In a dark and seedy underground of burned-out rock stars and angels- turned-vampires, a revolutionary neuroscientist and a fallen angel must pit medicine against mythology in an attempt to erase their tortured pasts...but at what cost?
Olivia, vampire and fallen angel of desire, is hopeless...and damned. Since the fall from Eden, she has hungered for love, but fed only on desire. Dominic O'Shaughnessy is a neuroscientist plagued by impossible visions. When his research and her despair collide at L'OtelMathillide- a subterranean hell of beauty, demons, and dreams-rationalist and angel unite in a clash of desire and damnation that threatens to destroy them both.
First off, let me say that the acquisitive and shallow part of me ( I must be part valkyrie) loves this cover. It's so pretty and honestly it represents the book rather well, I think, which is unfortunately rare in books now days it seems. Also, note the title. It's unique and right away you know that the author's writing is going to be different.
Let me just say that this is not a kick butt action Urban Fantasy novel. It is a dark fantasy and as such ( in my opinion) is more about the journey than the destination. The story itself is more a compilation of themes and probing questions than a real story of vampires and angels. Honestly, if it was only a story of vamps and angels and mythological creatures, it wouldn't be able to stand up to criticism. There are just too many things that don't stay true to the apparent rules of the world and too many things left unexplained or that just don't make sense. However, this book isn't as much another vamp story in a genre saturated with them. It is a story of desire. Of despair. Of hope when there is no reason to. Of getting what you want versus what will make you happy. It's a journey of self discovery and asks the question of "why are we here?"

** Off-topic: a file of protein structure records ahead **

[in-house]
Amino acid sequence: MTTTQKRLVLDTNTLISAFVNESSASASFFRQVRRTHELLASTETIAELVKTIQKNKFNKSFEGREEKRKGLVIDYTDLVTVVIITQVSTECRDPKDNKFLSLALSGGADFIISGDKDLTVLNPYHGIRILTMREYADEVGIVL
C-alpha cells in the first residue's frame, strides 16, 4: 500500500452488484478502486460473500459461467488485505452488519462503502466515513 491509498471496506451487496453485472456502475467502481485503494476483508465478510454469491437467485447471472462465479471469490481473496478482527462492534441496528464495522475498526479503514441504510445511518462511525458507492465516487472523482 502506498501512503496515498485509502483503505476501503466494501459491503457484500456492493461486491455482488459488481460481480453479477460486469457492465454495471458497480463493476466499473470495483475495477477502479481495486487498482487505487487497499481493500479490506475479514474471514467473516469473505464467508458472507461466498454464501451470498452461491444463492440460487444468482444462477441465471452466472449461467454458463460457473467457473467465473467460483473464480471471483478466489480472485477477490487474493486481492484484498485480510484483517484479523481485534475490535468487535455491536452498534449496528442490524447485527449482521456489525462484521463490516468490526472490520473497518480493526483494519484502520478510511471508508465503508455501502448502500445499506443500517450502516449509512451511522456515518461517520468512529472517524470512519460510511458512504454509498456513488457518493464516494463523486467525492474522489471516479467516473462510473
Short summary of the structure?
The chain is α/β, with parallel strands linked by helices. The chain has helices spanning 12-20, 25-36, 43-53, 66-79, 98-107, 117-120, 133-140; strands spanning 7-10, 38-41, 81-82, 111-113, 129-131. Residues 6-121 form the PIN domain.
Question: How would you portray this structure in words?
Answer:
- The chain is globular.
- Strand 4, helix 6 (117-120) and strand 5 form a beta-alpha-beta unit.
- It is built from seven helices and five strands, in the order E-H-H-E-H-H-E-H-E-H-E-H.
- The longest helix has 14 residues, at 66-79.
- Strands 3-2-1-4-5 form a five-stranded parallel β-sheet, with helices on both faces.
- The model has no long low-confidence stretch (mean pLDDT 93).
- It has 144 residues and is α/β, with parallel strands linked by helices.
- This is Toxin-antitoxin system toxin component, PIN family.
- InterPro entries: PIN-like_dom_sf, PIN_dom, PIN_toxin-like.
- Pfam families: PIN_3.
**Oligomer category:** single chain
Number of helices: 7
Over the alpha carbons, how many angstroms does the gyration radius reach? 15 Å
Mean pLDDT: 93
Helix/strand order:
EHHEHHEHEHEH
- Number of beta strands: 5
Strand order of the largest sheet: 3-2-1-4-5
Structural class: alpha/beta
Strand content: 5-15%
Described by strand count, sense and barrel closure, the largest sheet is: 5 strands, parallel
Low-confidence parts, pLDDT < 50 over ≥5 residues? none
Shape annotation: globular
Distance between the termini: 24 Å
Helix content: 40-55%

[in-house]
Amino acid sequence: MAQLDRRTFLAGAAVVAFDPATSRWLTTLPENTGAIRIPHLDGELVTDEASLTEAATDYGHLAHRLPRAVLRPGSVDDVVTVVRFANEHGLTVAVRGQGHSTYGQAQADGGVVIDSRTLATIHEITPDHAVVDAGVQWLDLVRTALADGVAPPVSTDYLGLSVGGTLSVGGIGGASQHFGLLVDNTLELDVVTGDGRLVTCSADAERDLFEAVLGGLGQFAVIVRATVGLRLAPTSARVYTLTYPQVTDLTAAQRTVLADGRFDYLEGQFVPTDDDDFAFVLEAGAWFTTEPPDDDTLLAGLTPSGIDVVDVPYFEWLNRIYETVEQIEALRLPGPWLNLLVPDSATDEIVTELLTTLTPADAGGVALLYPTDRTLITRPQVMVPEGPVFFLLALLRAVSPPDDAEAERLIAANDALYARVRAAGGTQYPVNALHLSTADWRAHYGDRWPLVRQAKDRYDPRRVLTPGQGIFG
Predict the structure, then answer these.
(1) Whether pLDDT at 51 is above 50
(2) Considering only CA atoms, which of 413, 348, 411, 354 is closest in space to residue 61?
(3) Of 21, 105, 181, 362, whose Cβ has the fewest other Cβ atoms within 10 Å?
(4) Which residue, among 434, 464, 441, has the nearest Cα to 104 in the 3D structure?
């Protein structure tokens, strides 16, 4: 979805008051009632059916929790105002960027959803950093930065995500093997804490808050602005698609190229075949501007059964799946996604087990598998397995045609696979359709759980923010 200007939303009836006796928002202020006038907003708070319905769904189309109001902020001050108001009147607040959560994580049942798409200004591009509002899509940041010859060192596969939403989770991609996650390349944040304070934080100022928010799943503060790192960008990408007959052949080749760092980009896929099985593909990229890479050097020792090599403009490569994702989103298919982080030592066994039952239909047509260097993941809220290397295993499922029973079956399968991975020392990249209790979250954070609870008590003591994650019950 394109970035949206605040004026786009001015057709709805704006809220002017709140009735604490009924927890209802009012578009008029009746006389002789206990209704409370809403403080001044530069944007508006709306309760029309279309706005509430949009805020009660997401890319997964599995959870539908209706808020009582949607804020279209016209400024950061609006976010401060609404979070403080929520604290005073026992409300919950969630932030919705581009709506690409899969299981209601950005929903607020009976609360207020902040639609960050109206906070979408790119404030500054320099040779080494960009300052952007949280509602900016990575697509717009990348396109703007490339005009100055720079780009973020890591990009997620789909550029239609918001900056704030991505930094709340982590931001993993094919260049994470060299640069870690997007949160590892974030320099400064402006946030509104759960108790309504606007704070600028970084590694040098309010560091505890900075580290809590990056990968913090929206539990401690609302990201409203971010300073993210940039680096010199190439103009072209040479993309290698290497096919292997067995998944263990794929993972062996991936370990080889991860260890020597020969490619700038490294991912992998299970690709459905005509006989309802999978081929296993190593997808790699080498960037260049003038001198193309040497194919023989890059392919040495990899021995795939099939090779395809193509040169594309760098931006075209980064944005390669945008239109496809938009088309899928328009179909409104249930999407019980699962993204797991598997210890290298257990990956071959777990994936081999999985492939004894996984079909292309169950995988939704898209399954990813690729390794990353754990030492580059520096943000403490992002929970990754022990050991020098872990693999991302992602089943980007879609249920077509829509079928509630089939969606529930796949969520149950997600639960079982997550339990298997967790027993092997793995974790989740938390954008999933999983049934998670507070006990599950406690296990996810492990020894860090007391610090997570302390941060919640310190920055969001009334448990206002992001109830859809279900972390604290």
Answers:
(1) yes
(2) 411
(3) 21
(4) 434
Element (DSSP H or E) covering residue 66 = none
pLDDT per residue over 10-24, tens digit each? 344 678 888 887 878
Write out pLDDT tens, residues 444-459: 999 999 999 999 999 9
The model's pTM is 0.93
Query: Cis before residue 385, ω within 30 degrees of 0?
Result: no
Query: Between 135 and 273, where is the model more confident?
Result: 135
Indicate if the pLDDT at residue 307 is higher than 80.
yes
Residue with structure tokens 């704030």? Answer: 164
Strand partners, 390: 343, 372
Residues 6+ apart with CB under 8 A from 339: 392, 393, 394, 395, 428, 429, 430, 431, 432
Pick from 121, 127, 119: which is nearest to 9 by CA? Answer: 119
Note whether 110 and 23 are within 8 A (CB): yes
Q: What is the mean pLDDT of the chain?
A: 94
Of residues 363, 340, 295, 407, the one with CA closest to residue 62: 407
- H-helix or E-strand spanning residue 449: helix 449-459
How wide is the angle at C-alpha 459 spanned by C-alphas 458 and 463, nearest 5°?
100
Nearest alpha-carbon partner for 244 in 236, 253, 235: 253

I love the way desire as a theme was handled in this book. We often associate desire with evil, with the fall, with sin, but this novel points out the oft times overlooked truth that desire is ultimately what drives us, to good or to ill. For example, if you were born in desperate poverty you may desire to grow up and have money so that you never have to feel hunger and lack again. You would then try harder in school than those that aren't motivated by the same driving desires as you are and would aim for college and beyond that a good job and amassing of financial success and your likelihood of reaching your goal is probably much greater than the kids who did not desire it as much as you did. On the other hand, we can be ruled by our desires to the point of destructive behavior. Just because you desire to be numb and drink to achieve it does not mean that you will be happy just because you have what you thought you wanted.
The characters in the story, most specifically Dominic and Olivia face such a dilemma thought they don't really realize it. They have both been striving for something they desire above all else, but when they get what they want will they find the peace they so desperately seek?
The story is often surreal and feels more like you've entered a strange dream than a solid reality, but the characters felt real to me. I cared what happened and I hoped against hope that there could be a happy ending for them. The writing itself is a bit heavy handed at times. I get that it's mood writing meant to set a certain feel and it does, but there were many times when more could be said with less and Olivia's angsty narrative often felt as if she were talking in circles. Though the writing wasn't as tight as it could be the fact that the characters were well done and made me care kept me coming back to the story to see how things would turn out for them.
The ending was a bit confusing and I honestly wondered at one point how we got there and what exactly had happened and was happening. That was slightly distracting and could have been handled better, in my opinion. There was one truth that I was able to see in the end, though, that made it bittersweet and helped to satisfy me and that's what really counts.
If you're a fan of dark fantasy and want to take a trippy ride filled with mythological creatures and neuroscience then you should add and Falling, Fly to your collection. I believe the author has talent and potential and I look forward to seeing her hone her craft and clean up her work more in the future.
In the end, there were several plot holes and things that just got confusing, but the story stayed true to the themes that it was trying to develop and the mood it was trying to convey and I felt it was a journey worth taking.
I give and Falling, Fly a solid B as my final grade. I appreciate that Ms. White wasn't afraid to try something new and different and she blended two ostensibly unblendable things like mythology and neuroscience and she did it surprisingly well. Kudos to Ms. White for her success there.
Amy’s Friday Five: 03/24/2017
1 day ago